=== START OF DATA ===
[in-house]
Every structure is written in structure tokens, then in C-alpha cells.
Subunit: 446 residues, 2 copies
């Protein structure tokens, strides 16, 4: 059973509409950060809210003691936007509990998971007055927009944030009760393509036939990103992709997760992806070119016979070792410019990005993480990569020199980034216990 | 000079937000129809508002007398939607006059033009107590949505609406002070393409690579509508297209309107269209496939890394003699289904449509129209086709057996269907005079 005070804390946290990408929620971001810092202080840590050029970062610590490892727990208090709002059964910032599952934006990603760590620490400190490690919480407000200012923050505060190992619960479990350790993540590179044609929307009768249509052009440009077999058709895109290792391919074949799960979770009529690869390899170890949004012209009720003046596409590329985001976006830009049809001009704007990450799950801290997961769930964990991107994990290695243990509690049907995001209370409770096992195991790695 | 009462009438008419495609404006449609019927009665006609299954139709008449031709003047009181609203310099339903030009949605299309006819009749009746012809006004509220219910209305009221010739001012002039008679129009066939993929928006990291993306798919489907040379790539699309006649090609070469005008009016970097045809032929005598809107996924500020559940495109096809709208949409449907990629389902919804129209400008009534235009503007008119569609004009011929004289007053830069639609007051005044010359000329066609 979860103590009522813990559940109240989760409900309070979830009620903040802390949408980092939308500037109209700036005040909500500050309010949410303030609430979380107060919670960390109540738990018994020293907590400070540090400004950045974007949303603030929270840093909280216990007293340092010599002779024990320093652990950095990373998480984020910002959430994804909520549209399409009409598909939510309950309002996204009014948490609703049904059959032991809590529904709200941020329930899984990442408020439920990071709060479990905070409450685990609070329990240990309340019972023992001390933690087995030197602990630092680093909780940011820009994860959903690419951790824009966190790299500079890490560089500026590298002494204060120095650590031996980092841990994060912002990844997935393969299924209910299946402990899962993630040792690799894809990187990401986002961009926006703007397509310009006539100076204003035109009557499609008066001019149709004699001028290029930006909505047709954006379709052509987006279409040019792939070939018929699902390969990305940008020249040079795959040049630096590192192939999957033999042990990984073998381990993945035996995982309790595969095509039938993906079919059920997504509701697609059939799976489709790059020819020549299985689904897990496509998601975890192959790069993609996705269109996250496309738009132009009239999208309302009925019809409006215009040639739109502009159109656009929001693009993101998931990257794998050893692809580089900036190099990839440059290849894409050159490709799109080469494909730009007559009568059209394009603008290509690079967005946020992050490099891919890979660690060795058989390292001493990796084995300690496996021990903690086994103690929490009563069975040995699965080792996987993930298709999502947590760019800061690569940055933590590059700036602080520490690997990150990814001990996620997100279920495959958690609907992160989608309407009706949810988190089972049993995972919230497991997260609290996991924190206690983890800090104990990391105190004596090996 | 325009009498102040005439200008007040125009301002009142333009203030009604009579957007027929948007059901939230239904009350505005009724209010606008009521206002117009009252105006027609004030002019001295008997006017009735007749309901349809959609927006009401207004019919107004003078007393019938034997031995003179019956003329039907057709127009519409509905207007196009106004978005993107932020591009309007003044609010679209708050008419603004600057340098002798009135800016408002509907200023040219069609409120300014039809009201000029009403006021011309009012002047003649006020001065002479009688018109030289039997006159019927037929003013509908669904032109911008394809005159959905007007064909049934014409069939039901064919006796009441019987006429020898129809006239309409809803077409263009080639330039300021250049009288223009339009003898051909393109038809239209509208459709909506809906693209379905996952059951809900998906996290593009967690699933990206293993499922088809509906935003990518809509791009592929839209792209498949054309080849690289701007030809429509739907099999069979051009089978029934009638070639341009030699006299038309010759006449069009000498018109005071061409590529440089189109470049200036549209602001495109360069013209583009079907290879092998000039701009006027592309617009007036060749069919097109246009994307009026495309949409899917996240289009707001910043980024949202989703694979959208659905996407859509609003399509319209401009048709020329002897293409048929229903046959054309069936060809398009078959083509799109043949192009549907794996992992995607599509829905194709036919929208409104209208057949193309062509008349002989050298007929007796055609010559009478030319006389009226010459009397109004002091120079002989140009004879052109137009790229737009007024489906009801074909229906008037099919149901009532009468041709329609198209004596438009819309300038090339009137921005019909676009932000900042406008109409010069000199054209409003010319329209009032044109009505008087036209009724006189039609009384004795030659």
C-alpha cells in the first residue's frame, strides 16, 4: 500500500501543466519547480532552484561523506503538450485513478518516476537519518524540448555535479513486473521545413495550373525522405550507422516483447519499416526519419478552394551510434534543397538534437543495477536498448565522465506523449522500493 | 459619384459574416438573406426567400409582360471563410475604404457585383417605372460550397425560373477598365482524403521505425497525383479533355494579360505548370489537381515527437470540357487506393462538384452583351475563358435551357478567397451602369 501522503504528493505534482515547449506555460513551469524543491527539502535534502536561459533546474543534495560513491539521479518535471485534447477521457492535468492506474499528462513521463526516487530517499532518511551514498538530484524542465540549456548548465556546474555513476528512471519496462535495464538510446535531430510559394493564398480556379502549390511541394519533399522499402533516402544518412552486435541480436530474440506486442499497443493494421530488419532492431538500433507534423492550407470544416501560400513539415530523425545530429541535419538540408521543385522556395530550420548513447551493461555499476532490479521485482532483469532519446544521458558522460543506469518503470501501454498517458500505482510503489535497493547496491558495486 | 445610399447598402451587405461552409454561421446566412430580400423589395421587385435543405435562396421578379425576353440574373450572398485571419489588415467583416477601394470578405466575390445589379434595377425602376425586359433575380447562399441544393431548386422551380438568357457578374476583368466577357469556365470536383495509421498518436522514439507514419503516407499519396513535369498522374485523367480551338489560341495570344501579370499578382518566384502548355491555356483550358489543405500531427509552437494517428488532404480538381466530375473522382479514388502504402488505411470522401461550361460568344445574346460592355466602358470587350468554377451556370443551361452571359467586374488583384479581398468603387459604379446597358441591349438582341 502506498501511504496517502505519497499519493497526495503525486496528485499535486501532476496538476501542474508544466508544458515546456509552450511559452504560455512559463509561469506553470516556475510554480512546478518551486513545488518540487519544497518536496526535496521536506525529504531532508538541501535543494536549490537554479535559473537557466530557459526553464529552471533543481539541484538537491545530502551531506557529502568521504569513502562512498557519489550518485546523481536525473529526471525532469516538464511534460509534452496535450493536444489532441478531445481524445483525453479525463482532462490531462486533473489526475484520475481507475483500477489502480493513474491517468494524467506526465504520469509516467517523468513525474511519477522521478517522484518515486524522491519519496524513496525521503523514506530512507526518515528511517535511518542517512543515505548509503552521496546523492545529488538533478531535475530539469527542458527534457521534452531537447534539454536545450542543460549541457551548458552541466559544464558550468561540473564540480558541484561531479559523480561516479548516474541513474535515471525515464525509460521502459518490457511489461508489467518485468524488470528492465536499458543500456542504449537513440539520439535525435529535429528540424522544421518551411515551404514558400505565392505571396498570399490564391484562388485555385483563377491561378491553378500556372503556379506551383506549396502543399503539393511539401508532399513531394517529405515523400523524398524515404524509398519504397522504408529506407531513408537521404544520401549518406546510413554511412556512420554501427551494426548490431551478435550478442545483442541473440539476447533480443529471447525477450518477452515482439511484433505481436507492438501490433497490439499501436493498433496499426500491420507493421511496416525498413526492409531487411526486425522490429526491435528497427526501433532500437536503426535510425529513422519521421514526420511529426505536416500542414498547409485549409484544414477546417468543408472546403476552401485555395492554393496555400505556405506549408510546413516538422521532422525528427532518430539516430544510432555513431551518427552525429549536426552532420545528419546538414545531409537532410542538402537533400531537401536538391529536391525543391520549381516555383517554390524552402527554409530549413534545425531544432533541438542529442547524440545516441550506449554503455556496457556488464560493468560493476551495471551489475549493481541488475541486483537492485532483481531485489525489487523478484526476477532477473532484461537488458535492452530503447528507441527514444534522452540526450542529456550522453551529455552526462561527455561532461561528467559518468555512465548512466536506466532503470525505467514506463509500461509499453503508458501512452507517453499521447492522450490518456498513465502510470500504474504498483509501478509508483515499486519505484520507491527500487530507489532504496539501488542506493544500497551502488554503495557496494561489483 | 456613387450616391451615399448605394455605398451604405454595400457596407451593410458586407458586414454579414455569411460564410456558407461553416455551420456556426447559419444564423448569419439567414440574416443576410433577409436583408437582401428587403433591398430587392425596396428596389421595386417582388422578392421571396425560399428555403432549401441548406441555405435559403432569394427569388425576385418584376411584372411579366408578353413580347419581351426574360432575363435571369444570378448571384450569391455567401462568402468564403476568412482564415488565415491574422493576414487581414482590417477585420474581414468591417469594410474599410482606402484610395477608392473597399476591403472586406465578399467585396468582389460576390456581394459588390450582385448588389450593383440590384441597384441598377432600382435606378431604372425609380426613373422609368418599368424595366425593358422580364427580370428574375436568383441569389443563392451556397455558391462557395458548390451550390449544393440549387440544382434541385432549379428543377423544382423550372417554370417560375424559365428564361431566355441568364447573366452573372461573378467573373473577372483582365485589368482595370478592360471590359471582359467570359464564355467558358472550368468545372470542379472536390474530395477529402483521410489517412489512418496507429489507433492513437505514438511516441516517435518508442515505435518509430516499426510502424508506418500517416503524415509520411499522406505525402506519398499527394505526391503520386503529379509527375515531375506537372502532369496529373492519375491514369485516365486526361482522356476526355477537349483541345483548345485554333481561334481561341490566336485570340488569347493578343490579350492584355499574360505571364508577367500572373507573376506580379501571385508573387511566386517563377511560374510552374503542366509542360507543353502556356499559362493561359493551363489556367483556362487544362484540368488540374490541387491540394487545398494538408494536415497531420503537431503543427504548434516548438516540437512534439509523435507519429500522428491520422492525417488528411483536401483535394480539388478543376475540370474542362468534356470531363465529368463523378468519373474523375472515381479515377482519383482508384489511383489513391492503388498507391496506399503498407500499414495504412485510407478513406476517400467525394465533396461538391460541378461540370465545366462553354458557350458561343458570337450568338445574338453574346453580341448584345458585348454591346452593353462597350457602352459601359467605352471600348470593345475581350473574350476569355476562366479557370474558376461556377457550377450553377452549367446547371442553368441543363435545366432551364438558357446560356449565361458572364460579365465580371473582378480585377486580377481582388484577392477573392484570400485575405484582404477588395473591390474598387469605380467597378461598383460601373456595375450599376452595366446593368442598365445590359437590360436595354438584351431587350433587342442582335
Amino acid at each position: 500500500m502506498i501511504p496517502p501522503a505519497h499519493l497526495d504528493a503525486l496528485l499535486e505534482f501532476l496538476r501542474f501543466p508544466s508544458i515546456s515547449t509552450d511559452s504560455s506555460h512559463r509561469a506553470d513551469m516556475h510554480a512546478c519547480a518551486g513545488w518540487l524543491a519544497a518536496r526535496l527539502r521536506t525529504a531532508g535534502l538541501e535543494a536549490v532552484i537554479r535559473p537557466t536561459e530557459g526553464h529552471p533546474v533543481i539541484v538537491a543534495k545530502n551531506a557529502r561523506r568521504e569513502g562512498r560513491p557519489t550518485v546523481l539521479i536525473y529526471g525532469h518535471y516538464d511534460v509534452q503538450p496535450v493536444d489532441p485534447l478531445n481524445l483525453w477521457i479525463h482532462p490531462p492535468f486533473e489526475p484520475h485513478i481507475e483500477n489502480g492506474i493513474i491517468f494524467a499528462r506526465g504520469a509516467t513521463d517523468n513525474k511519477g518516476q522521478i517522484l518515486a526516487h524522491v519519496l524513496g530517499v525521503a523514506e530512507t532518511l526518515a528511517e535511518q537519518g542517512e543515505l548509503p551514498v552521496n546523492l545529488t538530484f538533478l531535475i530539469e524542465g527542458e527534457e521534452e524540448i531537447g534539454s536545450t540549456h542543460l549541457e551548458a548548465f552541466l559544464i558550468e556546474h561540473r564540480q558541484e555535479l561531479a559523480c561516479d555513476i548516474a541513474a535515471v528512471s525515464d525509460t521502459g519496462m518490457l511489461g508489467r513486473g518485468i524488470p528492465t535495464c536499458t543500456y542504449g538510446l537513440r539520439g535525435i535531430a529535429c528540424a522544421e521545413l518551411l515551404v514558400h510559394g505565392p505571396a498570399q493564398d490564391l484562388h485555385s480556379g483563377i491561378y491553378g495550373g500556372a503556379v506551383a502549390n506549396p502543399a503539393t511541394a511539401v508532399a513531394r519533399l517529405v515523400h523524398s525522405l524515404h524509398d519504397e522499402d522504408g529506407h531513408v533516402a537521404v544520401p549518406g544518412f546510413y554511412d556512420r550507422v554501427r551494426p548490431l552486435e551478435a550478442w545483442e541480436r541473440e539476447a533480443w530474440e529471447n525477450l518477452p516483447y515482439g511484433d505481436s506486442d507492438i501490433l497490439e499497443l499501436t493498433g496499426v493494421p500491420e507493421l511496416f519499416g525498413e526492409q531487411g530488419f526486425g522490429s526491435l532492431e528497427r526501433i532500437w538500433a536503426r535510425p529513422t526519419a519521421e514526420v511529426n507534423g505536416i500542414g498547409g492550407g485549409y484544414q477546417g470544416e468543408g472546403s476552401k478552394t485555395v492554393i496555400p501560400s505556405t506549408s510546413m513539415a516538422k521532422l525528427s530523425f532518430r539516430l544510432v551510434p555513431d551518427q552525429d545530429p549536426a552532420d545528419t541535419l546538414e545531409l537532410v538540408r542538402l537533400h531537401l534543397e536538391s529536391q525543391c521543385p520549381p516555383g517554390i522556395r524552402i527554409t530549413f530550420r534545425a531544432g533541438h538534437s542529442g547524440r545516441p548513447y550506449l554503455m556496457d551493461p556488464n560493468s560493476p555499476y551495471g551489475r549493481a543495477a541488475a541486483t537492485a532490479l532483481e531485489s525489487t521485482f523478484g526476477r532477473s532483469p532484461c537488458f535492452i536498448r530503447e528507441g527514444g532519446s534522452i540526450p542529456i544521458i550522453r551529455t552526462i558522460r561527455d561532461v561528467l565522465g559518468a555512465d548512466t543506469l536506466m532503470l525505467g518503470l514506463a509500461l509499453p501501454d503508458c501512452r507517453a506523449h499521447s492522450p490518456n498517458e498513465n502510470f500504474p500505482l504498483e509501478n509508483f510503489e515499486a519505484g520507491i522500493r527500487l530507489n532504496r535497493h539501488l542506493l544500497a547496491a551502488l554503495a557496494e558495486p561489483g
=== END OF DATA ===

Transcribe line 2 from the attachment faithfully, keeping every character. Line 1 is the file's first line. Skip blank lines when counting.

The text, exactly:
Every structure is written in structure tokens, then in C-alpha cells.